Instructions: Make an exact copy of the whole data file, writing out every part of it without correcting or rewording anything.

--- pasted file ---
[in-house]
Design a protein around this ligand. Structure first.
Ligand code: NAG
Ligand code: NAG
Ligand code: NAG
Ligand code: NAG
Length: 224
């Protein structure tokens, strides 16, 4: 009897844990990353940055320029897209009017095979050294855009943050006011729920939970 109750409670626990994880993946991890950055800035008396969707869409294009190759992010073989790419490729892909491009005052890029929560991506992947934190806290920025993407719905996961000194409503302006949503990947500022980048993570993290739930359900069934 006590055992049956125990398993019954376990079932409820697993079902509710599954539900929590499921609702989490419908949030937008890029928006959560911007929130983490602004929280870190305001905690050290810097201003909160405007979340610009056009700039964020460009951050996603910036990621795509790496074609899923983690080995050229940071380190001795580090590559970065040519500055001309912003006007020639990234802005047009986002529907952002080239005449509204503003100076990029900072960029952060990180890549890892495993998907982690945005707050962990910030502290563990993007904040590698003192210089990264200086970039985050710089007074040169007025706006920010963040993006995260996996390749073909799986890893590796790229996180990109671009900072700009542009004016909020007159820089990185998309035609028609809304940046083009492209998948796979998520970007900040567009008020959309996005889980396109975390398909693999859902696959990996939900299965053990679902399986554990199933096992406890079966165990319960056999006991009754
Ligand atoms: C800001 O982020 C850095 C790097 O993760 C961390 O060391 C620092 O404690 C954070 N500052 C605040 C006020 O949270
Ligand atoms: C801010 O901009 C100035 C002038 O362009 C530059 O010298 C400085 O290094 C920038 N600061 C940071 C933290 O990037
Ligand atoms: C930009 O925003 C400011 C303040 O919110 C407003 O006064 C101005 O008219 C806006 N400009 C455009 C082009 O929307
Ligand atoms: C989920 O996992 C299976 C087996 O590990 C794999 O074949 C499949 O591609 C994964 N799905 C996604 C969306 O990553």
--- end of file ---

[in-house]
Design a protein around this ligand. Structure first.
Ligand code: NAG
Ligand code: NAG
Ligand code: NAG
Ligand code: NAG
Length: 224
């Protein structure tokens, strides 16, 4: 009897844990990353940055320029897209009017095979050294855009943050006011729920939970 109750409670626990994880993946991890950055800035008396969707869409294009190759992010073989790419490729892909491009005052890029929560991506992947934190806290920025993407719905996961000194409503302006949503990947500022980048993570993290739930359900069934 006590055992049956125990398993019954376990079932409820697993079902509710599954539900929590499921609702989490419908949030937008890029928006959560911007929130983490602004929280870190305001905690050290810097201003909160405007979340610009056009700039964020460009951050996603910036990621795509790496074609899923983690080995050229940071380190001795580090590559970065040519500055001309912003006007020639990234802005047009986002529907952002080239005449509204503003100076990029900072960029952060990180890549890892495993998907982690945005707050962990910030502290563990993007904040590698003192210089990264200086970039985050710089007074040169007025706006920010963040993006995260996996390749073909799986890893590796790229996180990109671009900072700009542009004016909020007159820089990185998309035609028609809304940046083009492209998948796979998520970007900040567009008020959309996005889980396109975390398909693999859902696959990996939900299965053990679902399986554990199933096992406890079966165990319960056999006991009754
Ligand atoms: C800001 O982020 C850095 C790097 O993760 C961390 O060391 C620092 O404690 C954070 N500052 C605040 C006020 O949270
Ligand atoms: C801010 O901009 C100035 C002038 O362009 C530059 O010298 C400085 O290094 C920038 N600061 C940071 C933290 O990037
Ligand atoms: C930009 O925003 C400011 C303040 O919110 C407003 O006064 C101005 O008219 C806006 N400009 C455009 C082009 O929307
Ligand atoms: C989920 O996992 C299976 C087996 O590990 C794999 O074949 C499949 O591609 C994964 N799905 C996604 C969306 O990553």